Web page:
The Devil in the Details

Perhaps the owner of this random assortment of stuff is a collector of oddities.

Hello again, Dimensionerds!  If we can set the overall feel of a dimension by the sky, lighting and landscaping, it’s the small details that really bring a theme to life and tell more of the story we want to express than some grand, sweeping entrance.  Which isn’t to say that a grand, sweeping entrance is a bad thing–it’s not, and sometimes, it’s what a theme might call for.

When I build for myself, I get extremely frustrated when I don’t manage my items well and the details I put inside a place–usually a house–don’t quite live up to the idea I want to express with that particular home.  Fancy windows are nice, but windows that are 30 items each in a 2k limit dimension eat up a huge chunk of the item budget, particularly if the house is a rather large one (which I seem to have been building a lot of lately).  Sometimes, fancy windows are good to cast the illusion of that there are things filling up space, by distracting visitors with the views outside.  At other times….well, there’s no hiding the desert of emptiness.

An intimate place setting doesn’t have to use a ton of items or contain super elaborate morphs.

When I tour, I look for small details, or something that ties the build itself to the name, especially if it’s a house.  A well-built, immaculate house without an ounce of clutter isn’t really that interesting, and it doesn’t say anything about what the house’s potential owner is like, or what was in the builder’s mind when they made it.

What constitutes good clutter?  Well, that’s as subjective as what makes a good dimension.  I can only give things I look for and build in (my opinion, in other words, because I haven’t shared that for a while) my own dimensions.  I’m also pretty much of the opinion that any clutter is good clutter.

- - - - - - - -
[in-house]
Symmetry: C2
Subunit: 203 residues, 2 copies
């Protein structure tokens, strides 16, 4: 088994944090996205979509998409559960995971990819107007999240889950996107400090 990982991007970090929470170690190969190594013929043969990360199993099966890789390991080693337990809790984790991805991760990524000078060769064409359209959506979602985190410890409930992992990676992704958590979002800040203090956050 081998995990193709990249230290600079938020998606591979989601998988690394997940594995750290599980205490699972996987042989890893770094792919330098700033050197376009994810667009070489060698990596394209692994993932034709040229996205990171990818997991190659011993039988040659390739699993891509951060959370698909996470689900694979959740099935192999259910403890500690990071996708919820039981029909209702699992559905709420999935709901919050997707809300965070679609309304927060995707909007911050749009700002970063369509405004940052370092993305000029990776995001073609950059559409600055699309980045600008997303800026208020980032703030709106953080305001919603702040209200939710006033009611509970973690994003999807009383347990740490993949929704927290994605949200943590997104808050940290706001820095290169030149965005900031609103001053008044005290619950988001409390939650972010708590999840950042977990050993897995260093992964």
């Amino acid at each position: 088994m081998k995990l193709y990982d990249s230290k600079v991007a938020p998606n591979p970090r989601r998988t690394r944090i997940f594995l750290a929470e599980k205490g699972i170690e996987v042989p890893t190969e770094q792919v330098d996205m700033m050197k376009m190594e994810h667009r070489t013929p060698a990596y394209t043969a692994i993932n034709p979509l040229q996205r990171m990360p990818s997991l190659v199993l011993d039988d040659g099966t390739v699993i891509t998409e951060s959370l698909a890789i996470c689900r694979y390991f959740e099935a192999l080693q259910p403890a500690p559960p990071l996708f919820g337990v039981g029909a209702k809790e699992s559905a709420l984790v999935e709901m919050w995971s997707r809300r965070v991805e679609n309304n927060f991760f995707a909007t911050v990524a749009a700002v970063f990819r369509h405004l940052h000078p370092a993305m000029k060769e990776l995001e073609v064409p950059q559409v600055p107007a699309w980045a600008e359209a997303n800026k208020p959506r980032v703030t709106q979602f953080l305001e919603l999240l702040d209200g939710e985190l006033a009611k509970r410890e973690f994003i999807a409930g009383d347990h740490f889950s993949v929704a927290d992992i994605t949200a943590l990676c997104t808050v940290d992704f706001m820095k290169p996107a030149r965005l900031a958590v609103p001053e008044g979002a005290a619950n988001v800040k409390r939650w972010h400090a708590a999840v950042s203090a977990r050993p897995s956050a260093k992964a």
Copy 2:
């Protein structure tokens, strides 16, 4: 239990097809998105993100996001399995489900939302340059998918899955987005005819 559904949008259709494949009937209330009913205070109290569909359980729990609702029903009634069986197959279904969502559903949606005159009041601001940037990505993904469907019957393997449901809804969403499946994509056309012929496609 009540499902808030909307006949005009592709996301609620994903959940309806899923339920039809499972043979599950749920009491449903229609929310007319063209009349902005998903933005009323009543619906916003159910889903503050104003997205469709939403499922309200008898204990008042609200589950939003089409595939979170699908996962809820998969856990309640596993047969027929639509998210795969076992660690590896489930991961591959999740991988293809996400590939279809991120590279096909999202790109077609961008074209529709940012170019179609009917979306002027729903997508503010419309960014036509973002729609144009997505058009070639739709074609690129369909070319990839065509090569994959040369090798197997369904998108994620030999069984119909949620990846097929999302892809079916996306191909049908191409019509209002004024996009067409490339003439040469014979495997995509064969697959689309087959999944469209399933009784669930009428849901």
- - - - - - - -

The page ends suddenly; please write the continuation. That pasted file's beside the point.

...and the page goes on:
If all of that above seems like nitpicking, I suppose it is.  During normal touring, I don’t sweat little details like that too often, but for contests…well, attention to detail helps.  It can help a lot.  The point is that none of the examples shown above really added anything additional to the item limit.  Three White Smoke effects and a three-item dirty pan will not break an item limit in all but the smallest dimensions.

Bathrooms are another good place where some attention to details matter–and don’t have to use a lot of items.

Bathrooms and kitchens are two of the things I despise building more than anything else, but they are the easiest to make detailed.  You don’t have to make towels from building blocks, of course–pillows and bedrolls suffice quite well, and a shelf like that shown in contrasting wood tones helps to trick the eye while it eats up a lot of real estate on the floor.

What’s in all those bottles of stuff?  Well, visitors can leave that up to their own imaginations as to what kind of soap, lotion, body wash, conditioner, shampoo, or whatever might be in the jars–and those jars, which are all from the jar scratchers, are not empty.  Some have limestone or some other material of sphere in them, others have poles.  The glass disguises the texture of whatever you’re putting inside the jar, so it doesn’t have to be expensive water blocks, whatever your minions brought back will work just as well.